In a significant development of far reaching consequences, Jammu and Kashmir's apex rights panel on Wednesday ordered the first exhumation of an unmarked grave in a border village and DNA matching of its remains.
The tate human rights commission directed the district magistrate of north Kashmir's Kupwara district to exhume a body buried in Kanipora (Kalaroos) village in July 2003 and examine whether it is that of Mohammad Yusuf Bhat, then aged 14 and a resident of Anderbugh Lolab village of the same district.
"The district magistrate concerned will order exhumation of the dead body from the particular grave which in this instant case is identifiable under the supervision of a magistrate and thereafter, a DNA test will be conducted," the rights panel said.
"In case the results received match with the parents or relatives of the subject then the state government/district administration shall sanction and pay ex-gratia to the next of kin," the panel said.
"Further the investigation of the missing report which stands already lodged in the police station Lalpora Kupwara be re-opened and taken to logical end so that the culprits are shown the doors of the court", the commission said in its landmark judgement.
The father of the missing boy had filed an FIR with a local police station alleging that his son had been kidnapped when he had gone to attend a religious discourse along with two of his friends in July 2003.
"While two of my son's friends managed to escape from the illegal custody of their kidnappers, but my son Mohammad Yusuf Bhat was killed by the army", the father had alleged.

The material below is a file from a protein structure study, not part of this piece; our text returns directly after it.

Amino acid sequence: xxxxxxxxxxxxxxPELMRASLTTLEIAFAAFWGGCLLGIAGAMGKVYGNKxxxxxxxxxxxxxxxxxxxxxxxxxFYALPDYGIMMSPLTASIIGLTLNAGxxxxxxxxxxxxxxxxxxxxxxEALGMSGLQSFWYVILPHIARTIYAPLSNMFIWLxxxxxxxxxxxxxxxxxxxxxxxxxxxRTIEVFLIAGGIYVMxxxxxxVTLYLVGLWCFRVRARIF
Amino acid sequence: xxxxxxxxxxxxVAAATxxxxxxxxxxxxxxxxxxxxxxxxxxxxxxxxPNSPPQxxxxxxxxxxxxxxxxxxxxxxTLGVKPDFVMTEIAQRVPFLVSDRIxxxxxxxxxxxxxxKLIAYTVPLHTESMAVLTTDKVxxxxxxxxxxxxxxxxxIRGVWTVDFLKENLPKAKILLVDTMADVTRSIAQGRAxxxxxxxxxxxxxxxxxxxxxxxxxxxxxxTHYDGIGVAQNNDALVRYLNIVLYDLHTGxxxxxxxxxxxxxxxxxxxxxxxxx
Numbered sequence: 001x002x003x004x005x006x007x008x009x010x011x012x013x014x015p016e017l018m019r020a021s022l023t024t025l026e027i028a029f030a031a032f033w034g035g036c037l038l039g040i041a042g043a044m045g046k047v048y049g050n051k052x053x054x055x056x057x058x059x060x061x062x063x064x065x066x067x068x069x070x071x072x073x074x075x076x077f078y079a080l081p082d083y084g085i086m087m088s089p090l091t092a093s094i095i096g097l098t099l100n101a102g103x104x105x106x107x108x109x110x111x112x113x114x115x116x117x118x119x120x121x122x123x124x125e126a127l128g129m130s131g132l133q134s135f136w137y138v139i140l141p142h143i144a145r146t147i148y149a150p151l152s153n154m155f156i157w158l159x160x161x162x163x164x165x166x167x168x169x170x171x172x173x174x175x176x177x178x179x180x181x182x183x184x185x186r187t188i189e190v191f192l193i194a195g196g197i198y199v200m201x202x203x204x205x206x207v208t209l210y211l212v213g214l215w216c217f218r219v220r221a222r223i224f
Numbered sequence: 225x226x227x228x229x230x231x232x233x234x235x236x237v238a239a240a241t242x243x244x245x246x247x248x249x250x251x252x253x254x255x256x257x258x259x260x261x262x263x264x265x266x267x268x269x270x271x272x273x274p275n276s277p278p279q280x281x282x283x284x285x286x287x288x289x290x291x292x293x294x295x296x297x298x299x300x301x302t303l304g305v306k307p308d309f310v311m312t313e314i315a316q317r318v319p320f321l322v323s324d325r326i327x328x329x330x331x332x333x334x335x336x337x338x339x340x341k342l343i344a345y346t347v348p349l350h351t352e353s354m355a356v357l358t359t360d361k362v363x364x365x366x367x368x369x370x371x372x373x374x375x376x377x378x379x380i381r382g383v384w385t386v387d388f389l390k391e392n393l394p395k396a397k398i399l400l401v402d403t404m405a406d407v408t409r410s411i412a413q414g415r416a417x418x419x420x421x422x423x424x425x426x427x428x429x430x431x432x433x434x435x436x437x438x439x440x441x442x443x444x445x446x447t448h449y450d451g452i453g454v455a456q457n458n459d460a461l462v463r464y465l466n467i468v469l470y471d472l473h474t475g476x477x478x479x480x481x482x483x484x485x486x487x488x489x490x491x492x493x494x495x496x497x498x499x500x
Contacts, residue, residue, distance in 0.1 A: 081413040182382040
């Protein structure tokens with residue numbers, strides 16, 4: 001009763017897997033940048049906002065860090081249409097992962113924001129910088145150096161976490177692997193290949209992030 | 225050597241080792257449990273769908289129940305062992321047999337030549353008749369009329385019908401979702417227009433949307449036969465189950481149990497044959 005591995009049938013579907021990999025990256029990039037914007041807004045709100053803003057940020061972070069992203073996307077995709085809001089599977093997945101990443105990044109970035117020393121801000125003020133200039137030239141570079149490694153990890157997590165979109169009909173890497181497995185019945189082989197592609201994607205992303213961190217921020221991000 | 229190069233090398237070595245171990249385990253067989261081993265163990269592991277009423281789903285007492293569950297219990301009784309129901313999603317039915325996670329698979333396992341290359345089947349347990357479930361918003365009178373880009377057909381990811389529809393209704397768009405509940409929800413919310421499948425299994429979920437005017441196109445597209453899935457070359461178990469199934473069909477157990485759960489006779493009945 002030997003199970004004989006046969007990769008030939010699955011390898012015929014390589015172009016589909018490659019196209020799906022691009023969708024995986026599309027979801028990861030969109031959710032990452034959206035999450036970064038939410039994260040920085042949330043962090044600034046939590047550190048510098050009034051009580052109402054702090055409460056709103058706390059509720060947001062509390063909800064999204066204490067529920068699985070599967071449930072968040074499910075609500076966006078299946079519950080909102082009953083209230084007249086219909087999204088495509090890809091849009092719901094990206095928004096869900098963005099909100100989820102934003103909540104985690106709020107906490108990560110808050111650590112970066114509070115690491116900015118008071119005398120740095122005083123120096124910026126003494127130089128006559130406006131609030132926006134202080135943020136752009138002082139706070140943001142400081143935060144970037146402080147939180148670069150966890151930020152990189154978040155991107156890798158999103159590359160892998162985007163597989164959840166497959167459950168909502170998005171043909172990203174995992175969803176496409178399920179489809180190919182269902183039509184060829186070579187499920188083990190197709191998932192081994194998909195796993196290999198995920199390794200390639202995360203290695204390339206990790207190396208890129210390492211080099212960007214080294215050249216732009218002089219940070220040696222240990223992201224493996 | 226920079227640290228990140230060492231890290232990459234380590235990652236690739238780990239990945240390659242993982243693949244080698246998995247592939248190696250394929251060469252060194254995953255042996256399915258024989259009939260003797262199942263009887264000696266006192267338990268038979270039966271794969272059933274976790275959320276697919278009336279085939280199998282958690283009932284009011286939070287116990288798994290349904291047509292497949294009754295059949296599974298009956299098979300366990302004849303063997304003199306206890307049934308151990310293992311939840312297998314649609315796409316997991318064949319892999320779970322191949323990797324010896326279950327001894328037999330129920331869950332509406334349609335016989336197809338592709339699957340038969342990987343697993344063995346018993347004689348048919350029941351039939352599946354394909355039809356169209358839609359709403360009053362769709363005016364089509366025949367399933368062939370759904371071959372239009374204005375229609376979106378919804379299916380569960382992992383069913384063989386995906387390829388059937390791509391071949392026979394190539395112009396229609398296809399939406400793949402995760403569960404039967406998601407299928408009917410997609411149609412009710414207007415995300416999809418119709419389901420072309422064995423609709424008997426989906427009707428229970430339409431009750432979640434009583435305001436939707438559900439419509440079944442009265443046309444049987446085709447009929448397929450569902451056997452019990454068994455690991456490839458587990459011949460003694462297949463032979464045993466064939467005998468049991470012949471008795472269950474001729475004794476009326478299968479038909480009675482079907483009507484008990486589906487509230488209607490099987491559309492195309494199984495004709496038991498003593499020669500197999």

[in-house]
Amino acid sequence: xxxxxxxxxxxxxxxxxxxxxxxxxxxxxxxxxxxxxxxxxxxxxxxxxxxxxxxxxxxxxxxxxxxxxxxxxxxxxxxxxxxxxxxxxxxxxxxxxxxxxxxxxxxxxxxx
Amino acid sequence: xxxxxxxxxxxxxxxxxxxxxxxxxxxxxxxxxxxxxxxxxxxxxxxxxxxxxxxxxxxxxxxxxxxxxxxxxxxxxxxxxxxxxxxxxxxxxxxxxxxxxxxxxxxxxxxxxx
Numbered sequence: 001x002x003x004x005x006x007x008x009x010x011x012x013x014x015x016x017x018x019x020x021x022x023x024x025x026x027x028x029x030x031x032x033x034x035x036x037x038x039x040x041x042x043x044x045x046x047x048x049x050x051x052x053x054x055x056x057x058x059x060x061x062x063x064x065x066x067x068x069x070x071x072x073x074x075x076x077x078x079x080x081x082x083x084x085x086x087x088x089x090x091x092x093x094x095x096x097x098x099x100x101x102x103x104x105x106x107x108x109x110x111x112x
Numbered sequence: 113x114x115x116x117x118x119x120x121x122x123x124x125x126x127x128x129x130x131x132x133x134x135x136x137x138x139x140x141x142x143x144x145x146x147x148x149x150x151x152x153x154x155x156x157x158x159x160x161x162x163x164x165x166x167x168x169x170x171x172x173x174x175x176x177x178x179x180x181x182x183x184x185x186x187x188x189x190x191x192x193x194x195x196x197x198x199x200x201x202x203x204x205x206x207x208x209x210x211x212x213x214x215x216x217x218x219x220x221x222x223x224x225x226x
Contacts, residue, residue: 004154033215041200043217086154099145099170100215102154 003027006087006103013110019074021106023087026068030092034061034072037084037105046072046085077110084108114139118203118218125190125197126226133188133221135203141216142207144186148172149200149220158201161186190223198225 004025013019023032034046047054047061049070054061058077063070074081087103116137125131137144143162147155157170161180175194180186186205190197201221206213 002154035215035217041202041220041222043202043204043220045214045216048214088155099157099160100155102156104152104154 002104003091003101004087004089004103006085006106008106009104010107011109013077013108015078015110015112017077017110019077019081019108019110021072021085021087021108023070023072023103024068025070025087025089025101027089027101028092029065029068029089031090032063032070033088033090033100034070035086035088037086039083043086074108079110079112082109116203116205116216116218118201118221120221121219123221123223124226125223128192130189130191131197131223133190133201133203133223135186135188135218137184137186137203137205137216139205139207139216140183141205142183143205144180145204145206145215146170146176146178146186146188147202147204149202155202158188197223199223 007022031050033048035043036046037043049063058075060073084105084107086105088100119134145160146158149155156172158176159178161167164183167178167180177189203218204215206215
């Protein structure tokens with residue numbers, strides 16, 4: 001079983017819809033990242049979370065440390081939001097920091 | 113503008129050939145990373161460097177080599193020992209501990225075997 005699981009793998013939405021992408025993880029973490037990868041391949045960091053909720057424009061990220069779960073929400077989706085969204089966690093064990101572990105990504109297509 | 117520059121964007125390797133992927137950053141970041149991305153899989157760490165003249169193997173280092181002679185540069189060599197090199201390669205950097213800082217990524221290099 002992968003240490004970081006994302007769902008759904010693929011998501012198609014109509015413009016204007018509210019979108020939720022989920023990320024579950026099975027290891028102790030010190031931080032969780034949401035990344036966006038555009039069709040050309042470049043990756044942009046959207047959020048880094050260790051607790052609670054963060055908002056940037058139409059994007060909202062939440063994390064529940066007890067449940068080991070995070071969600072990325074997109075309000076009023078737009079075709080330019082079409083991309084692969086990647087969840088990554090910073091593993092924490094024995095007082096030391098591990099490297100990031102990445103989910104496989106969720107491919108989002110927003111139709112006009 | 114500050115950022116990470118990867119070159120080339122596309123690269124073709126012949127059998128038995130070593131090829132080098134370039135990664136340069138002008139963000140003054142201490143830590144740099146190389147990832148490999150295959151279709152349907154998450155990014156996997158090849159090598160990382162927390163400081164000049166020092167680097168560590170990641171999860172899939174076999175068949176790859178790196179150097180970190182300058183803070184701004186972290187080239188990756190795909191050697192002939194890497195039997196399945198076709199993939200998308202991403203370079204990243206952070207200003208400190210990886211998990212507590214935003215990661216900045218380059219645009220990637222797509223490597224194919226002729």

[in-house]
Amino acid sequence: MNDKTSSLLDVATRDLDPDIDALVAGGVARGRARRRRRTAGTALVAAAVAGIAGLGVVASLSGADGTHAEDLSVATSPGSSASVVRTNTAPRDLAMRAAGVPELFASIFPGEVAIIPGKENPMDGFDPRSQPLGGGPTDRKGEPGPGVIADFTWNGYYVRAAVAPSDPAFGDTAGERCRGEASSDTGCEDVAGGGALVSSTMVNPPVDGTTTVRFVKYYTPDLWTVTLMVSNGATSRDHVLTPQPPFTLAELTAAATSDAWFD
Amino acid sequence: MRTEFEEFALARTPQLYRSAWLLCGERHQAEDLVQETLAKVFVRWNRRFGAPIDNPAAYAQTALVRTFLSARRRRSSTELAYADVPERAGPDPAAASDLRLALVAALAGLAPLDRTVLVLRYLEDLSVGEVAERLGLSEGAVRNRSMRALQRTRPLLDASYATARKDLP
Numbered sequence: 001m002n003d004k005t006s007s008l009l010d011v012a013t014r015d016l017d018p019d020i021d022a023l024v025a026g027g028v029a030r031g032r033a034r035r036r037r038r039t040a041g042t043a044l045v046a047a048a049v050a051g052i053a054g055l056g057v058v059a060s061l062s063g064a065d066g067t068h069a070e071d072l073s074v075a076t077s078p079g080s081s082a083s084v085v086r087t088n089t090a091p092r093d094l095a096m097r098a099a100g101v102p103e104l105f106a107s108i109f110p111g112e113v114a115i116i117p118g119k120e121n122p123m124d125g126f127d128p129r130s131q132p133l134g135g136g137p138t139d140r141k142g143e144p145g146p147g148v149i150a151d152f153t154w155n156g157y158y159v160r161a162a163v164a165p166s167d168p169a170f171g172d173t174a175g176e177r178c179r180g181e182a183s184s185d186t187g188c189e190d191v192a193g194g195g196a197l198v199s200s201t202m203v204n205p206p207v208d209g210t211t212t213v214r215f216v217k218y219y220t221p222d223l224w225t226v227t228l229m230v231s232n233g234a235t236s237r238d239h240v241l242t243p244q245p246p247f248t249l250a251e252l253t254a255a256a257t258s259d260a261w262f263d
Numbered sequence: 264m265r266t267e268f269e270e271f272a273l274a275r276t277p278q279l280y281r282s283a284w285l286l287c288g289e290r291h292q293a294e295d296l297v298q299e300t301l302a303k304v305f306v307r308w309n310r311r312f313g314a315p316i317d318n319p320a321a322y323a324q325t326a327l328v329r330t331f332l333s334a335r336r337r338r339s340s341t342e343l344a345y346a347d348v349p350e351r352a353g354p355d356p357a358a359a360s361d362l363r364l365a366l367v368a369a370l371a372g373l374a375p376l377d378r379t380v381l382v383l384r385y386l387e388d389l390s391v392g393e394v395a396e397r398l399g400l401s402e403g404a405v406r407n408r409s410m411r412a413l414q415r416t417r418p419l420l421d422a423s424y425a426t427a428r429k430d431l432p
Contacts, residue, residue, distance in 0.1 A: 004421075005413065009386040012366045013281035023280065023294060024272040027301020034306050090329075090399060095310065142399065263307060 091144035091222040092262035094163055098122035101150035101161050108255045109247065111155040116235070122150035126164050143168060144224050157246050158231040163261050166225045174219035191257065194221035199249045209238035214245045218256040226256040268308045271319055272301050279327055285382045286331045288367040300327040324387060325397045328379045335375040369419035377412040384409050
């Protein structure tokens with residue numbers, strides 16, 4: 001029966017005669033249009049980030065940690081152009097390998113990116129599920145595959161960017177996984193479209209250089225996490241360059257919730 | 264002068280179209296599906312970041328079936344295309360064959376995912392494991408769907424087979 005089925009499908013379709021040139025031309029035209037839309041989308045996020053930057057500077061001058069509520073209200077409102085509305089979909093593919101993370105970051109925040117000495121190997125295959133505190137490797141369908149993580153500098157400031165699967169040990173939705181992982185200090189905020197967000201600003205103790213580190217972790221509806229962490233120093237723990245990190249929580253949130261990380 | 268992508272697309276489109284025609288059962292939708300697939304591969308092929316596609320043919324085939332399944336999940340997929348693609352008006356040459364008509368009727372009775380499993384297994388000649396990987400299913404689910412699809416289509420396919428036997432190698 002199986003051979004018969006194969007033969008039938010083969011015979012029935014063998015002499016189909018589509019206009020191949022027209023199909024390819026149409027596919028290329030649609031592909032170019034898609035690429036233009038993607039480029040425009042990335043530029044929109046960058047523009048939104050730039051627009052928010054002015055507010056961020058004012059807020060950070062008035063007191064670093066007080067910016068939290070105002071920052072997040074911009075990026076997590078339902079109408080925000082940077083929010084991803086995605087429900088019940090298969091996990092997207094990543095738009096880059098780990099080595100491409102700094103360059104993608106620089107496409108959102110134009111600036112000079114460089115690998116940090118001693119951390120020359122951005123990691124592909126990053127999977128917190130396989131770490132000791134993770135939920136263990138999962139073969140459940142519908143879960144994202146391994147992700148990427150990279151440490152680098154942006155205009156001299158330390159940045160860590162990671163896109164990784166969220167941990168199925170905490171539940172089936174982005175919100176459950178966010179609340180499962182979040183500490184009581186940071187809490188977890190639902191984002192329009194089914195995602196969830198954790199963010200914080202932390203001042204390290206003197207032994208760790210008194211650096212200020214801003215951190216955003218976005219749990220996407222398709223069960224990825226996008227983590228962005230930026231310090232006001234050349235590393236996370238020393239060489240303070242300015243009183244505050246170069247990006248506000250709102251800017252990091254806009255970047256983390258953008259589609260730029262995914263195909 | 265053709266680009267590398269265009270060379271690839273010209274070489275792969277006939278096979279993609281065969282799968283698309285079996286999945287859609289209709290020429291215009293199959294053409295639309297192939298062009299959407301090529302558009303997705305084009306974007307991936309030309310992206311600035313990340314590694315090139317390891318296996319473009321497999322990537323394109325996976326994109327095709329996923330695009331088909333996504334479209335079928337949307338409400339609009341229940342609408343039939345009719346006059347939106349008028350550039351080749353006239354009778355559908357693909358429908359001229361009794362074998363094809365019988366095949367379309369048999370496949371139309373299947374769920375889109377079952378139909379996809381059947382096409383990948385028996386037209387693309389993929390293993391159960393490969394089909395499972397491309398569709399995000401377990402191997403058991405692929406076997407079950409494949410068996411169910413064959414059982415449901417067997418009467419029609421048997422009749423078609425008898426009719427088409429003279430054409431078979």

Elders in Kanipora (Kalaroos) village have confirmed to the SHRC that an unidentified boy was buried in the village graveyard in July 2003 whose clothes and belongings were later identified by the victim's father to have belonged to his missing son.
A report filed before the SHRC by the state police had briefly said the boy had crossed over to the Pakistan Occupied Kashmir (PoK) in 2003 for obtaining training in firearms and was still there.
It must be mentioned that there are hundreds of unmarked graves at many places in the border areas of Jammu and Kashmir wherein parents and families of missing persons fear their loved ones could have been buried after their alleged extra judicial murders by the security forces.
The state government has said the tradition of marking graves with tomb stones etc is essentially an urban tradition and scores of graveyards in Kashmir countryside are full of unmarked graves which means such graves do not necessarily belong to persons killed after their forced disappearance.
State chief minister Omar Abdullah has earlier welcomed the decision to undertake the DNA matching of such unmarked graves where suspicions have been raised that these might contain bodies of persons killed after their forced disappearances.